Homesteading Forum banner

1 - 14 of 14 Posts

·
Registered
Joined
·
94 Posts
Discussion Starter #1
I'm working on my garden plan here since it's raining outside and too wet to do much today. :(

I have a few varieties of squash I would like to plant this year, but I have a few questions. Here is what I want to plant:

Dill's Atlantic Giant Pumpkins
Jack-O-Lantern Pumpkins
Acorn Squash
maybe Butternut Squash
Zucchini
Yellow Squash


1)Will all of the above cross with each other if I plant them too close? If so, how far apart do I need to plant them from each other?

2)Also, I want to grow cucumbers, watermelons, and cantaloupe. Any problems planting those close to each other?

Thanks!
 

·
Windy Island Acres
Joined
·
4,588 Posts
I don't know if the winter squashes will cross with each other, but I had a yellow summer squah cross with a pumpkin and ended up with a HUGE yellow thing. Pickled it .....sold it at the farmers market. Not all mistakes are bad :)
 

·
Registered
Joined
·
1,047 Posts
Your cucumbers, watermelons, and cantaloupes won't cross with each other, or with the squashes.

Most (if not all) of your squashes are C. pepo, and probably will cross pollinate. Why do you care? Are you planning to save seeds?
 

·
Registered
Joined
·
94 Posts
Discussion Starter #4
Steve L. said:
Your cucumbers, watermelons, and cantaloupes won't cross with each other, or with the squashes.

Most (if not all) of your squashes are C. pepo, and probably will cross pollinate. Why do you care? Are you planning to save seeds?

Last year I got a yellow squash that was very thick-skinned and hard like a pumpkin. The pumpkins were not far from it. I was wondering if this was a freak thing or if I should have expected it to happen because I planted them that close together. (I had planted a patch of some old seed to see what would come up.)

As to saving seed-I would like to save seed if I know that they will make the same type squash next year. :)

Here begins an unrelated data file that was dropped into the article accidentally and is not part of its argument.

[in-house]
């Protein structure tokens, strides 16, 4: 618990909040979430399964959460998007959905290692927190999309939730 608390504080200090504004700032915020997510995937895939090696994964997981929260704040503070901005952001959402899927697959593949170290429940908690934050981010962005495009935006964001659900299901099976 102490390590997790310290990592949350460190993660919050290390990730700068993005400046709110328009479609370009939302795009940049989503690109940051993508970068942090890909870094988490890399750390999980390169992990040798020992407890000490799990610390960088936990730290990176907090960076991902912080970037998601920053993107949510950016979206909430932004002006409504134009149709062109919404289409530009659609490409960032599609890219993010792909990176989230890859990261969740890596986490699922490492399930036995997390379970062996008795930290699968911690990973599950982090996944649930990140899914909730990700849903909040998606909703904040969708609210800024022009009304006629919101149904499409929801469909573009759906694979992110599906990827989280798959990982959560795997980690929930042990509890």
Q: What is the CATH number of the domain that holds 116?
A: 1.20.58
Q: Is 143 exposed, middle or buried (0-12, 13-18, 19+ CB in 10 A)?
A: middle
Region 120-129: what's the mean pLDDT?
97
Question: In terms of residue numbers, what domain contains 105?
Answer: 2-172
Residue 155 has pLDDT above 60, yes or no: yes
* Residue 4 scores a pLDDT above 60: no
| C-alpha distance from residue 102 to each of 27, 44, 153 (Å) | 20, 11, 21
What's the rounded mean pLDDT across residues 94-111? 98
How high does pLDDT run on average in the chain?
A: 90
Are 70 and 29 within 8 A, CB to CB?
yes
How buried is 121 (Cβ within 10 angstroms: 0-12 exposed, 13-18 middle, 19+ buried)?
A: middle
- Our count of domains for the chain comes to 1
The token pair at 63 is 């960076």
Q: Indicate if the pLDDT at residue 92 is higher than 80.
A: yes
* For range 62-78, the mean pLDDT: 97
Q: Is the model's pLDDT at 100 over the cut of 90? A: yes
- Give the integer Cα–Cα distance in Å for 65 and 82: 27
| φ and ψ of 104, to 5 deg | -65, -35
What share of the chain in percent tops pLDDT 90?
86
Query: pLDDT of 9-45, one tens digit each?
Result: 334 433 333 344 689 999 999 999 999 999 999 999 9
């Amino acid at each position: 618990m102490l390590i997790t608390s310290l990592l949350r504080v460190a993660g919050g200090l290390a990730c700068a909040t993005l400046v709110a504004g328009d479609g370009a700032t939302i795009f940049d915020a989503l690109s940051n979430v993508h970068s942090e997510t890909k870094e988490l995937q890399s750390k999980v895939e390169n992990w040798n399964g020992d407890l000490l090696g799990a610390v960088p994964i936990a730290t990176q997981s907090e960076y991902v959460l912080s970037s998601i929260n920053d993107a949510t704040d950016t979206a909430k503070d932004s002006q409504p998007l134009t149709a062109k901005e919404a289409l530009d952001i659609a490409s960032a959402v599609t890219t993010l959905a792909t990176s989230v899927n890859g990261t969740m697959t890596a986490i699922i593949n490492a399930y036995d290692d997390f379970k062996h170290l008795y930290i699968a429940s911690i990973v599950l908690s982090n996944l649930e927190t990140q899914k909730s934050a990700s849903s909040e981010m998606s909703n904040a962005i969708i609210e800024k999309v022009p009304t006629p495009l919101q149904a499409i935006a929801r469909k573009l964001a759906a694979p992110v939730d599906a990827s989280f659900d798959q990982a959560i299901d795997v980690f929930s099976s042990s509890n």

·
Registered
Joined
·
1,607 Posts
Whether or not they cross won't affect what grows this season. Next year, if you've saved seed - yes.

So - if you want to make sure you get pure type seed - bag the female flower before it opens, then hand-pollinate it from a male flower, and keep it bagged until the flower withers. Keep track of that flower/fruit, and save the seeds from it. If you want to be super-careful, bag the male flower as well, so a bee doesn't drop some off-type pollen on it before you use it for pollination.
 

·
le person
Joined
·
6,244 Posts
Which types will mix? Will a summer squash mix with a winter one? I have some yellow summer squash, and some mommoth winter squash. I do want to save seeds. Will I have to cover the flowers on the fruits I save my seed from?
 

·
Registered
Joined
·
6,025 Posts
Unless you bag the flowers as Don says, you have to assume that all squashes will crosss.

Squash seed are about the cheapest things around, and most families only need a few hills. Why worry about saving seed?

Of course if you are willing to do the work, you need only one of each type of squash to produce two or three years' worth of seed.
Ox
 

·
Registered
Joined
·
428 Posts
i plan on having my pickling cucumbers grow next to my long salad cucumbers... will these two cross? and if they do, will the fruits at least stay true to type for this season? i wont be saving seed so i don't care about next year.
 

·
Registered
Joined
·
6,025 Posts
JgJ;
Your cucumbers for this year will be whatever the seeds were. However, if you save seed from them you will have crossed up pickling x salad cukes next year. Yes, they will cross, but it makes no difference to you this year.
Ox
 

·
Registered
Joined
·
428 Posts
thanks ox, for the $1.70, i think i can buy new seeds from the store, in order to not have to worry about cross-breeding and harvesting the seed... i could sell one jar of pickles to pay for the seeds that provide me with the rest of the batch.
 

·
Windy Island Acres
Joined
·
4,588 Posts
So I gather from all your responses that the huge squash I ended up with came from a seed that was crossed the previous year. My mother never saved seed, she bought from Parks every year, but even back then I might have gotten them from Gurneys when she let me place my own order (I was a young teen when I made my garden monster :) )
 
U

·
Guest
Joined
·
0 Posts
suelandress said:
So I gather from all your responses that the huge squash I ended up with came from a seed that was crossed the previous year.
In short, yes.

It can happen even with commercially grown seed.

Or it could have been a really strange mutation which occurs sometimes. Do you have any seed from the squash in question?
 

·
Windy Island Acres
Joined
·
4,588 Posts
Unregistered said:
In short, yes.

It can happen even with commercially grown seed.

Or it could have been a really strange mutation which occurs sometimes. Do you have any seed from the squash in question?
Goodness, no, that was over 20 years ago....but I have been futively trying to make the same mistake since. The recipe just isn't the same with either pumpkin or squash itself.

So now I know to plant them together in the summer....but whose seed do I then save, the squash or the pumpkin??
 
1 - 14 of 14 Posts
Top